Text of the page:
After my second album I did a couple movies. I got the feeling that my record label was not happy that they weren’t making a cut of the money that I was making outside of them. It went sour. They weren’t doing anything to show me that they were going to put my third album out, or that they even had the means to put it out. They didn’t have distribution for a while, they didn’t have an office anymore, so I just kind of kept falling victim to what they were going through and I knew that I needed to break free from that if I was going to continue with my career.
Did that give you that concept of freedom that you had with Agape? There’s a bit of everything in it, one minute it might be free styling or getting drunk with friends and then another it’s soulful and heartbreaking. Did you just feel like I’m not concerned about anyone else, I’m going to embrace my freedom and throw out this mix-tape?
Yeah, it was just literally a product of me sitting with my friends at my friend Austin Brown’s apartment, me and my boys just talking shit and writing through what was going on and I incorporated some voice notes from my phone. It was a welcome freedom for me because I had always known the type of pop songs that my label was looking for me to do. For the most part I was cool with it but just to have that chance of not having that pressure on me was something that was refreshing so I played with it.
Do you feel like you’ve taken that element of kind of playfulness with you to the new record? How have you come at the new record in the studio, what’s your process like?
Yes, I have. When I first signed with Atlantic I had a lot of stress, not from them but from myself. I had a lot of anxiety because I wanted to develop a good relationship with them and I wanted things to feel like OK we know what we have here and we want to take her to the top. Once I kind of rid myself of that anxiety after being in the studio for a year I was then just really able to find my voice and find the fun in it. When I signed to Atlantic I was signed by Bruno Mars and then about 9 months into it he left for Interscope. That was another time when I was kinda left abandoned and didn’t have anybody to bounce things off of. After he left I really took things into my own hands and found a group of people that helped me make the album that I wanted to make.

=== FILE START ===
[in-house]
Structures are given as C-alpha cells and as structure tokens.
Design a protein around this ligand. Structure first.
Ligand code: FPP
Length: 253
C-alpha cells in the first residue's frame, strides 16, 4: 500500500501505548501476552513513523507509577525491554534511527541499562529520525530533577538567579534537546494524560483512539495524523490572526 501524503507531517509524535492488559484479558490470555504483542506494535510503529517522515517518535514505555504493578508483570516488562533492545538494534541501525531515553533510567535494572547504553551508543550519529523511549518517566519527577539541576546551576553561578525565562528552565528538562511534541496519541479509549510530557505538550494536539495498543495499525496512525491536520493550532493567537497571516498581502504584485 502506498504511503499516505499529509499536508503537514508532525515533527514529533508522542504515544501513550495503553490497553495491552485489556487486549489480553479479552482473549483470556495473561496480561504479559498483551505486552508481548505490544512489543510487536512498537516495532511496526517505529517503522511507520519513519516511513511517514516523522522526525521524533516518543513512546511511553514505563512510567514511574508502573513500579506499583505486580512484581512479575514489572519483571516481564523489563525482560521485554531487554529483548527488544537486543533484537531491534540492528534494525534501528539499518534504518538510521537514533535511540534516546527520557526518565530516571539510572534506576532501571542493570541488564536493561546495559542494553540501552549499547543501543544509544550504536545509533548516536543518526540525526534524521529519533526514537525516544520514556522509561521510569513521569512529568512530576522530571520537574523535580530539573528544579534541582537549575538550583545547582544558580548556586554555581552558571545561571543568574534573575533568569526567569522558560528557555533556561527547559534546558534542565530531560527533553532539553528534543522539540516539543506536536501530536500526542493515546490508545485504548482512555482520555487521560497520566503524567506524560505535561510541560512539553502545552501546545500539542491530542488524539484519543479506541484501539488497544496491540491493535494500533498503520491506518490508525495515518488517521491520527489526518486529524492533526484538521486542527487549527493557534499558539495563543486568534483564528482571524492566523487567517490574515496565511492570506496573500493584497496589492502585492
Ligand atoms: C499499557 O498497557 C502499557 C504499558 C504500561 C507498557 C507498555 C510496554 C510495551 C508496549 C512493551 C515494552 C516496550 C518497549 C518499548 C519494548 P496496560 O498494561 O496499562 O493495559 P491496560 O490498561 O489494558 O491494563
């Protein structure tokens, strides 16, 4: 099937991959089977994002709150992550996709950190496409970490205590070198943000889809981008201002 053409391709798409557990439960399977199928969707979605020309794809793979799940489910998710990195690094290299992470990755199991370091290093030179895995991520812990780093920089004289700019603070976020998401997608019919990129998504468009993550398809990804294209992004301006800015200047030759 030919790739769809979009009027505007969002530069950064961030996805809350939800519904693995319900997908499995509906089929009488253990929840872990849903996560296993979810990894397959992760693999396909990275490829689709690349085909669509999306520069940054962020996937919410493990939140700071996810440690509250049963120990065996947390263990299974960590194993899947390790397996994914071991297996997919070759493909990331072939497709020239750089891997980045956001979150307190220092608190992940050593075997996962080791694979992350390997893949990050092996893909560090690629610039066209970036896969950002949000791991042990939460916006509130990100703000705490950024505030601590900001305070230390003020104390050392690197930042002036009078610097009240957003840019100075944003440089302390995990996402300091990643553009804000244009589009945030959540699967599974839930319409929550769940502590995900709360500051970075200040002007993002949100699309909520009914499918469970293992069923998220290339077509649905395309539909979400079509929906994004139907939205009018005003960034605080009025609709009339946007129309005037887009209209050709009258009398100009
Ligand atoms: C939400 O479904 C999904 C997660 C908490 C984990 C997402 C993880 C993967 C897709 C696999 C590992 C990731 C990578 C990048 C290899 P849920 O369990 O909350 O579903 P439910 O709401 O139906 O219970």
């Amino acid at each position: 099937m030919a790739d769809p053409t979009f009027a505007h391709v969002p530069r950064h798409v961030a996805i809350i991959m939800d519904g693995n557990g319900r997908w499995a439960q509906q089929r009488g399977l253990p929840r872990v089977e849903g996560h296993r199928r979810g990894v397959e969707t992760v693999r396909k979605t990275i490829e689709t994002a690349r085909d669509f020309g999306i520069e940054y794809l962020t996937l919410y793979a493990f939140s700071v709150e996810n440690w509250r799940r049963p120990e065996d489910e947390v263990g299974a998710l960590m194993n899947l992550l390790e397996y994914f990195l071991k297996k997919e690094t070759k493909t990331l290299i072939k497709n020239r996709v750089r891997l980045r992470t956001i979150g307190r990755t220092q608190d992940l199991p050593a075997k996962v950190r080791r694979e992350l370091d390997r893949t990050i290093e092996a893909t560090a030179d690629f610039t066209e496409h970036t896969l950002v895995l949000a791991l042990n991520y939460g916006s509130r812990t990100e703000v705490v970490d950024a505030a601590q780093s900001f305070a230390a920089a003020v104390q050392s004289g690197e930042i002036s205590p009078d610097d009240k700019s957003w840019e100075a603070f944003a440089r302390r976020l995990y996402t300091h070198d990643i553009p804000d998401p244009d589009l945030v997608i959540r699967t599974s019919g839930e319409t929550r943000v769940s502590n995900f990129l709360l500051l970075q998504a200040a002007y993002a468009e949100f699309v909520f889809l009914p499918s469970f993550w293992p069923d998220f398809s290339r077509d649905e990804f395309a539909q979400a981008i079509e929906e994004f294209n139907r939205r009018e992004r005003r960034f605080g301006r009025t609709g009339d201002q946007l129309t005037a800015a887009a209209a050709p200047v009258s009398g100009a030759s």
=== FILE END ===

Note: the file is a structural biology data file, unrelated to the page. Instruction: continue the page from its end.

Can you tell us about the kind of sound that we can expect on the new record?
The sound is definitely inspired by the things I grew up listening to as well as the things that I’m listening to now. I feel like our generation doesn’t want to be defined by labels or confined to genres and I don’t either. I’m fine with calling this a pop album because I like the word popular. I want it to reach a wide range of people but I have no desire to try and be a perfect package or say anything that isn’t true to myself. On this album you can hear how much hip- hop has influenced me, at the end of the day I’m a soul singer so whatever the song is I’m going to put my heart and soul into it and you’re going to hear that grit. As far as the subject matter, Mad Love is all about love but it’s not just romantic love, it’s self-love and lack thereof, it’s about my family. It’s about love and sex and loss too. I just wanted it to be a slice of life. Of course I wanted it to be for boys and girls, men and women, but because I am a young woman I wanted to stay true to my experience of that.
It sounds like everything has just really come together with this record, is that how you feel?
It took me a long time to arrive at this place where I’m comfortable with who I am and confident with leading. Some days are easier than others; there are times when I’m unsure or I have anxiety. Of course I’m anxious to release this record and have people receive it. For me I just felt like this is the beginning of the rest of my life and I feel like it’s an incredible foundation for me to set. I’m building from here.